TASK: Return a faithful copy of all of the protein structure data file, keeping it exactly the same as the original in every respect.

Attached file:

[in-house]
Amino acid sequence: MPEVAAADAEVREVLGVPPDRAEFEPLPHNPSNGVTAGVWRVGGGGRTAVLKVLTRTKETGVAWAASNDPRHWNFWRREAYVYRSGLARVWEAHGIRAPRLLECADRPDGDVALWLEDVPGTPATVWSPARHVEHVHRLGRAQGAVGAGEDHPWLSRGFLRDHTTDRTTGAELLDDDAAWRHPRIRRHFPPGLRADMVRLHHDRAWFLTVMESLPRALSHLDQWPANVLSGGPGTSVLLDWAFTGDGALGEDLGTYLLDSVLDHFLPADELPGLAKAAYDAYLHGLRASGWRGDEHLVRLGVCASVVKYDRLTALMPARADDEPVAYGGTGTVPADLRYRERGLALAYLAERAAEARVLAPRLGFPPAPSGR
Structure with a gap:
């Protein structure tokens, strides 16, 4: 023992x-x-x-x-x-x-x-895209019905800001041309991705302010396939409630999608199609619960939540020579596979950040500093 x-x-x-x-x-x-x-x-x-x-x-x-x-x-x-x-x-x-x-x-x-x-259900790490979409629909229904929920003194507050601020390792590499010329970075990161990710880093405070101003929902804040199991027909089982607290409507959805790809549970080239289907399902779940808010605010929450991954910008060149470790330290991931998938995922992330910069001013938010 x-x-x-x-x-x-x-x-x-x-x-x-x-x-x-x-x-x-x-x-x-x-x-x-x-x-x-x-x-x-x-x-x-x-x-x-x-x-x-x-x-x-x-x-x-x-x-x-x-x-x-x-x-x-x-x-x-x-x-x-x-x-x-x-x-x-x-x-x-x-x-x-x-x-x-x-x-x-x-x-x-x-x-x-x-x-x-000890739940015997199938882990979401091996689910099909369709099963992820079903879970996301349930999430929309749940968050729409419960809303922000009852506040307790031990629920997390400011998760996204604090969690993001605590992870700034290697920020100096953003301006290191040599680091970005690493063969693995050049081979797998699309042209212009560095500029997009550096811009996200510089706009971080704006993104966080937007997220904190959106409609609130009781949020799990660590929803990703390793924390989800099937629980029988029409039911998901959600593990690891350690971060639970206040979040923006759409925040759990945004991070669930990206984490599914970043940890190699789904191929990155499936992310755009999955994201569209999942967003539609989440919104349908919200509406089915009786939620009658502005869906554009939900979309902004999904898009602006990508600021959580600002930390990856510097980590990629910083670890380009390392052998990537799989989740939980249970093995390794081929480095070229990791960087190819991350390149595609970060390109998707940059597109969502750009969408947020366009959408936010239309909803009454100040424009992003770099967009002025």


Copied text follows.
[in-house]
Amino acid sequence: MPEVAAADAEVREVLGVPPDRAEFEPLPHNPSNGVTAGVWRVGGGGRTAVLKVLTRTKETGVAWAASNDPRHWNFWRREAYVYRSGLARVWEAHGIRAPRLLECADRPDGDVALWLEDVPGTPATVWSPARHVEHVHRLGRAQGAVGAGEDHPWLSRGFLRDHTTDRTTGAELLDDDAAWRHPRIRRHFPPGLRADMVRLHHDRAWFLTVMESLPRALSHLDQWPANVLSGGPGTSVLLDWAFTGDGALGEDLGTYLLDSVLDHFLPADELPGLAKAAYDAYLHGLRASGWRGDEHLVRLGVCASVVKYDRLTALMPARADDEPVAYGGTGTVPADLRYRERGLALAYLAERAAEARVLAPRLGFPPAPSGR
Structure with a gap:
């Protein structure tokens, strides 16, 4: 023992x-x-x-x-x-x-x-895209019905800001041309991705302010396939409630999608199609619960939540020579596979950040500093 x-x-x-x-x-x-x-x-x-x-x-x-x-x-x-x-x-x-x-x-x-x-259900790490979409629909229904929920003194507050601020390792590499010329970075990161990710880093405070101003929902804040199991027909089982607290409507959805790809549970080239289907399902779940808010605010929450991954910008060149470790330290991931998938995922992330910069001013938010 x-x-x-x-x-x-x-x-x-x-x-x-x-x-x-x-x-x-x-x-x-x-x-x-x-x-x-x-x-x-x-x-x-x-x-x-x-x-x-x-x-x-x-x-x-x-x-x-x-x-x-x-x-x-x-x-x-x-x-x-x-x-x-x-x-x-x-x-x-x-x-x-x-x-x-x-x-x-x-x-x-x-x-x-x-x-x-000890739940015997199938882990979401091996689910099909369709099963992820079903879970996301349930999430929309749940968050729409419960809303922000009852506040307790031990629920997390400011998760996204604090969690993001605590992870700034290697920020100096953003301006290191040599680091970005690493063969693995050049081979797998699309042209212009560095500029997009550096811009996200510089706009971080704006993104966080937007997220904190959106409609609130009781949020799990660590929803990703390793924390989800099937629980029988029409039911998901959600593990690891350690971060639970206040979040923006759409925040759990945004991070669930990206984490599914970043940890190699789904191929990155499936992310755009999955994201569209999942967003539609989440919104349908919200509406089915009786939620009658502005869906554009939900979309902004999904898009602006990508600021959580600002930390990856510097980590990629910083670890380009390392052998990537799989989740939980249970093995390794081929480095070229990791960087190819991350390149595609970060390109998707940059597109969502750009969408947020366009959408936010239309909803009454100040424009992003770099967009002025």